The Tooele Transcript Bulletin has published Tooele County news since 1894. Here is a flashback of local front-page news from 25, 50, 75 and 100 years ago that occurred during the first week of January.
Jan. 3-5, 1995
It was announced during the last week of December 1994 that key Tooele City department leaders would be replaced.
Mayor Grant “Bud” Pendleton announced that he had “terminated” the employment of finance director Paul Kroff and accepted a letter of retirement from Joseph Busico, director of public works, streets and recreation.
Busico, 65, had worked for the City for 19 years, while Kroff, 49, had been the City’s finance director for 12 years.
Later in the week, the termination and retirement were upheld by the Tooele City Council at its Wednesday night meeting.
By a 4-1 vote, the City Council agreed to support the mayor’s action. However, while facing Kroff and his family in the audience, council members underscored that their vote was only in support of the mayor’s termination “procedure.” The support did not include the mayor’s reasons for his action, which remained publicly undisclosed.
Dec. 30 – Jan. 2, 1970
Tuesday’s front page featured a story on a new gymnastics club at Tooele High School. Nearly 60 students were participating in it.
Tooele’s top high school gymnasts displayed their skills during halftimes at THS basketball games.
Teacher Chuck Saling began a gymnastics class the previous year as part of his physical education class. The response he received was so tremendous that he organized the THS gymnastics club.
Friday’s front page featured a recent study by the U.S. Department of Commerce on the cost of local governments.
The study showed how much was spent in each county of the United States per resident to provide schools, roads, police and fire protection, health, welfare, housing, sanitation, general administration and other functions performed.
In Tooele County, figures showed the cost of such services amounted to $290 per year for each man, woman and child in the county.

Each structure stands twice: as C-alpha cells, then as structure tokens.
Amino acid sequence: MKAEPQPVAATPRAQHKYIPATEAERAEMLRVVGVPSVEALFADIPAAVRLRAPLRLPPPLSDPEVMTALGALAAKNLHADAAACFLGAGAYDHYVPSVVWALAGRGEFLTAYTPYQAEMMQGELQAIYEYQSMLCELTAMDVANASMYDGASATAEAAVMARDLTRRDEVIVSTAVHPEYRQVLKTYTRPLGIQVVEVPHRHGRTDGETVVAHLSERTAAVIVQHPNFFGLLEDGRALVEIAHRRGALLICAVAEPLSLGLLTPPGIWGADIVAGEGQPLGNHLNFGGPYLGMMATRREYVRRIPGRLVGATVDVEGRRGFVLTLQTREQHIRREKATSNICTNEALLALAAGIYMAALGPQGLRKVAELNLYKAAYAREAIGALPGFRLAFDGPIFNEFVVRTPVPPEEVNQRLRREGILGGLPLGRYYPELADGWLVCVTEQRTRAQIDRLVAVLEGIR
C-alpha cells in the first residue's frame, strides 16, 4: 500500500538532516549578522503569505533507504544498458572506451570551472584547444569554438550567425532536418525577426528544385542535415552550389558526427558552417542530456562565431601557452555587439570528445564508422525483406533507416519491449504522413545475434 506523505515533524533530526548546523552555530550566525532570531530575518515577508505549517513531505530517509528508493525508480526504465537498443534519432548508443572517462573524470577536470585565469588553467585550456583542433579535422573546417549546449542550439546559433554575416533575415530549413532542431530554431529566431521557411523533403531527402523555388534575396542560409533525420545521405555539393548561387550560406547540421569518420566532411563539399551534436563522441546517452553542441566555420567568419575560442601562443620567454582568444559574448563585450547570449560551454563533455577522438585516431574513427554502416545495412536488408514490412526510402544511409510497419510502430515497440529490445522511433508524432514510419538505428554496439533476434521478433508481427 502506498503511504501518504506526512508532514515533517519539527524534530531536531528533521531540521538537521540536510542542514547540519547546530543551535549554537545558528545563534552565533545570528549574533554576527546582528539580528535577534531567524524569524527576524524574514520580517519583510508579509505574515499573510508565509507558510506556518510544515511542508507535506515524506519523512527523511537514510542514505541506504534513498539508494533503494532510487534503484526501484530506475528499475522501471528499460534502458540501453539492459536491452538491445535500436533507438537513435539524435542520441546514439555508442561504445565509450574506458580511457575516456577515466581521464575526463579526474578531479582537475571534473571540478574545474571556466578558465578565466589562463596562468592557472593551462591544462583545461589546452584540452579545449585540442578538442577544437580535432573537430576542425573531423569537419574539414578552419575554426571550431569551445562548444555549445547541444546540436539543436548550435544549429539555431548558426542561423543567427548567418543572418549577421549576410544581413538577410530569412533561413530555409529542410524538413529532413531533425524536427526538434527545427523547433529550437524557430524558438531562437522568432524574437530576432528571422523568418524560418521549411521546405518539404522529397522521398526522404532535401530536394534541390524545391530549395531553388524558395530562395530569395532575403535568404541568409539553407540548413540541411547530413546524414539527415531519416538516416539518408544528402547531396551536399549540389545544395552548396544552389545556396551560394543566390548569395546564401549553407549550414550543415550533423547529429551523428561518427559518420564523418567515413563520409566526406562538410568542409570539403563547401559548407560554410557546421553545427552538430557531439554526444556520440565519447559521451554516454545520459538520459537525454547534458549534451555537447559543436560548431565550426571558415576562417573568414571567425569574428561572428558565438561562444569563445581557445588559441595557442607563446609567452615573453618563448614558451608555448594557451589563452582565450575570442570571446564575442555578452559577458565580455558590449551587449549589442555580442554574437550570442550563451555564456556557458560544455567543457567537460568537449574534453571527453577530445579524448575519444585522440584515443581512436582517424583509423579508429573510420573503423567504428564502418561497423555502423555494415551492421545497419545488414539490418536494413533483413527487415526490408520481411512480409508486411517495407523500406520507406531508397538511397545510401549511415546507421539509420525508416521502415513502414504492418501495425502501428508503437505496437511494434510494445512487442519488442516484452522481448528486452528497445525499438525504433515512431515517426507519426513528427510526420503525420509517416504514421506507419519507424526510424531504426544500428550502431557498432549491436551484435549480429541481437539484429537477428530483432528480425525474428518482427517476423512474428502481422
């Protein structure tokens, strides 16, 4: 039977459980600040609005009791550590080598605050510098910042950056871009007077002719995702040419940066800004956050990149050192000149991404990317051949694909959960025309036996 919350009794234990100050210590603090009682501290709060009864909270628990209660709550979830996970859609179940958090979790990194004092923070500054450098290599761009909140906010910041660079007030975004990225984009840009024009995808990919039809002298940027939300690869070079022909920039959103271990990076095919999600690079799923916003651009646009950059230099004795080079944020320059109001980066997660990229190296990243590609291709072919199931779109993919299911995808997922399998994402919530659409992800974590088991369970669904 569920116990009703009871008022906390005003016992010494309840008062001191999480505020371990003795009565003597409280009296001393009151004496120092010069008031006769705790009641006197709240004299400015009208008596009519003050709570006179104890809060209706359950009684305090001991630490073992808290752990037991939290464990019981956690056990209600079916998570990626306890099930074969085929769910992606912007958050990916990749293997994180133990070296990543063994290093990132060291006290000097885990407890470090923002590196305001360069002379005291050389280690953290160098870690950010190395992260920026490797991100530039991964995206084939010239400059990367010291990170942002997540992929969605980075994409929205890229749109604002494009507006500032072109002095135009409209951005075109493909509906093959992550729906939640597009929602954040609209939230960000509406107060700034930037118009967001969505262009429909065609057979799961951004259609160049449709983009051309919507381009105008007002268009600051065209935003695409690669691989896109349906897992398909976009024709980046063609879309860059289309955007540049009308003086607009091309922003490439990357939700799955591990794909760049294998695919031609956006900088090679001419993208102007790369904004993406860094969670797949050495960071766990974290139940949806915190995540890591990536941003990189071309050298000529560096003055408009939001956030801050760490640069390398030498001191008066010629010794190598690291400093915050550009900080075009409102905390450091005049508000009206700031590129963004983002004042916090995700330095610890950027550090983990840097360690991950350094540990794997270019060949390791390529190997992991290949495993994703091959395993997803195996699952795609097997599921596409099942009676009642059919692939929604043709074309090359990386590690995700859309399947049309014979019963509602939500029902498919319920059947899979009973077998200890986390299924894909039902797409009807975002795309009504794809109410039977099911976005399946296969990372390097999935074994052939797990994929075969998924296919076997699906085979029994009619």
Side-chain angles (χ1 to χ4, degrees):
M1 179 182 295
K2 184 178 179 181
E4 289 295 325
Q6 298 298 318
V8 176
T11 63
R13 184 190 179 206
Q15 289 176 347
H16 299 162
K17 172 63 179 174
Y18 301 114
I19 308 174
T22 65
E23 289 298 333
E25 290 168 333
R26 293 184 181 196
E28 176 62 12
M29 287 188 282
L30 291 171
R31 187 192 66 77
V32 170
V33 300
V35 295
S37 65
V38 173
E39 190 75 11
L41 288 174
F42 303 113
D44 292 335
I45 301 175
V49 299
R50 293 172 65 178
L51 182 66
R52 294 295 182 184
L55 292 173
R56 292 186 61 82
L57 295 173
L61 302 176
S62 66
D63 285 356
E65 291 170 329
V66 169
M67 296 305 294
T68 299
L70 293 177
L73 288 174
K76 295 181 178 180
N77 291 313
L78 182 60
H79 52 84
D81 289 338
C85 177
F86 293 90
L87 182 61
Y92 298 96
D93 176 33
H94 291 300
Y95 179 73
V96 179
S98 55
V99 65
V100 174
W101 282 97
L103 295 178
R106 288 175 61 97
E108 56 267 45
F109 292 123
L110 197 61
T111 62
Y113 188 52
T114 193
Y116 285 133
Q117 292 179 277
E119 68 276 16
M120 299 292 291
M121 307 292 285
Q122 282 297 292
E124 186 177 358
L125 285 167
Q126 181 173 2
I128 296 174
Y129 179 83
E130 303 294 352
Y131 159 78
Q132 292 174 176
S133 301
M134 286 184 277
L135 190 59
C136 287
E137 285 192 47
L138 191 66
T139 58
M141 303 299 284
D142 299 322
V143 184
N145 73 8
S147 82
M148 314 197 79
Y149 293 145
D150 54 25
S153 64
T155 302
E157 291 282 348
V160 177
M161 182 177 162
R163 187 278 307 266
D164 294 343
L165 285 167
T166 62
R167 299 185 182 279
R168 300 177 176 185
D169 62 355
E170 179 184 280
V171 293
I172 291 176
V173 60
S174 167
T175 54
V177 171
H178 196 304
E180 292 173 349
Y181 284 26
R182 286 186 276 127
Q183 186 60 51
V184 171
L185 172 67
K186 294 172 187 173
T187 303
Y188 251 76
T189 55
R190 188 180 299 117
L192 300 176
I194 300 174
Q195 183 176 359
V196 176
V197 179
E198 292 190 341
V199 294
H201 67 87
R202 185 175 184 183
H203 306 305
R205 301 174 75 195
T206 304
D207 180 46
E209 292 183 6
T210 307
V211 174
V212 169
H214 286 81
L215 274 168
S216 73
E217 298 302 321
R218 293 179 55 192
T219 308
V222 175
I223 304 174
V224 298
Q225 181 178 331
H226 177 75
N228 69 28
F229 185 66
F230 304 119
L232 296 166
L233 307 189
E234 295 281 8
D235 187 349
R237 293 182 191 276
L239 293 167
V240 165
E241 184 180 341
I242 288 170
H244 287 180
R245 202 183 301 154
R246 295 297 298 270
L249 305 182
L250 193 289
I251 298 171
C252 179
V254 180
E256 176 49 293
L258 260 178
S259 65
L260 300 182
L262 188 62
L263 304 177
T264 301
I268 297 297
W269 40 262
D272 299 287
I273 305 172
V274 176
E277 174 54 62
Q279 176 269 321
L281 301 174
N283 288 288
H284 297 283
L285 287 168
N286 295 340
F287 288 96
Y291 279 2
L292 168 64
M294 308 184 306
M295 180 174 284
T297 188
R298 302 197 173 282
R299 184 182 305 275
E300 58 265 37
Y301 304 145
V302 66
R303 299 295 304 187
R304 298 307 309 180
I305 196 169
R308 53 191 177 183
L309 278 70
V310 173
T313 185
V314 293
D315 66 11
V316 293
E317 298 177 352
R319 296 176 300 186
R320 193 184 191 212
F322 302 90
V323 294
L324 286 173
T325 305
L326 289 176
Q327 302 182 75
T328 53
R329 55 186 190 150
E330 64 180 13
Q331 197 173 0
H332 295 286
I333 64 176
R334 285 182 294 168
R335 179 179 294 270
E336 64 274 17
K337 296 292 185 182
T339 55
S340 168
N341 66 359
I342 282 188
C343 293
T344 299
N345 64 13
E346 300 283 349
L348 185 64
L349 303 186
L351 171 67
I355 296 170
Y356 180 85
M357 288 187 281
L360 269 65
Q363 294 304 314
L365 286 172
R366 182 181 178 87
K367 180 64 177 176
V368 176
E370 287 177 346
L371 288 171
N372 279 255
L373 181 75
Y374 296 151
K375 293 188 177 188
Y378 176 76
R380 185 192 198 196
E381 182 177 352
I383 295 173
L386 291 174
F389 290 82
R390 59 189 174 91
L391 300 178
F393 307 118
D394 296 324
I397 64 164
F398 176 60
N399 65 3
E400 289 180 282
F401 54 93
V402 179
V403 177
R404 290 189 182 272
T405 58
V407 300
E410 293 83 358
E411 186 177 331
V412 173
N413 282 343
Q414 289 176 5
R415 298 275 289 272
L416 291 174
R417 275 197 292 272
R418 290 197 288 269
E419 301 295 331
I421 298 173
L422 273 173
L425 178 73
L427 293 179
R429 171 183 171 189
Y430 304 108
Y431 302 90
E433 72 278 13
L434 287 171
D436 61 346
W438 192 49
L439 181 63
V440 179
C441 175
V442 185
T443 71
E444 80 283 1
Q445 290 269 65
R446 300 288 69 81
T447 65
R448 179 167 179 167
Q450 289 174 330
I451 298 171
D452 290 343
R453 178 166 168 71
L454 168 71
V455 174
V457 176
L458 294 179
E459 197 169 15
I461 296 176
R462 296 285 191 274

Jan. 2-5, 1945
Lead had been declared as the nation’s number one priority metal due to the war urgency, and simultaneously with the declaration came the statement that the Tooele International Smelting & Refining Company had the most critical labor shortage in its history.
Operating personnel had gradually dwindled and doubling shifts had been used as a filler, until that method ceased to stretch. Curtailment of production was the stern outlook even in the face of urgency for lead stocks, which were at a critical low in the nation.
Later in the week, Leslie Gillette was named Tooele City Fire Chief for 1945-46 on the recommendation of the Tooele City Fire Department and approval of the Tooele City Council.
Bevan Anderson had received appointment as Assistant Fire Chief and Noval Adams had received appointment as equipment supervisor. Adams was retiring as fire chief.
Jan. 2, 1920
Mrs. Elizabeth B. Graham was scheduled to arrive Monday, Jan. 5, 1920, to assume the duties of Public Health Nurse of Tooele County.
Graham’s services would be available to any who wished to call her into consultation, and she would be closely associated with the school health supervisor in her endeavors to be of service to the community.
The sale of Red Cross Seals for the purpose of raising funds for the Utah Public Health Association had resulted so favorably that Tooele County was now an organized district of the association and the State Board had assigned Graham to the district for the next six months.
Correspondent Mark Watson compiled this report.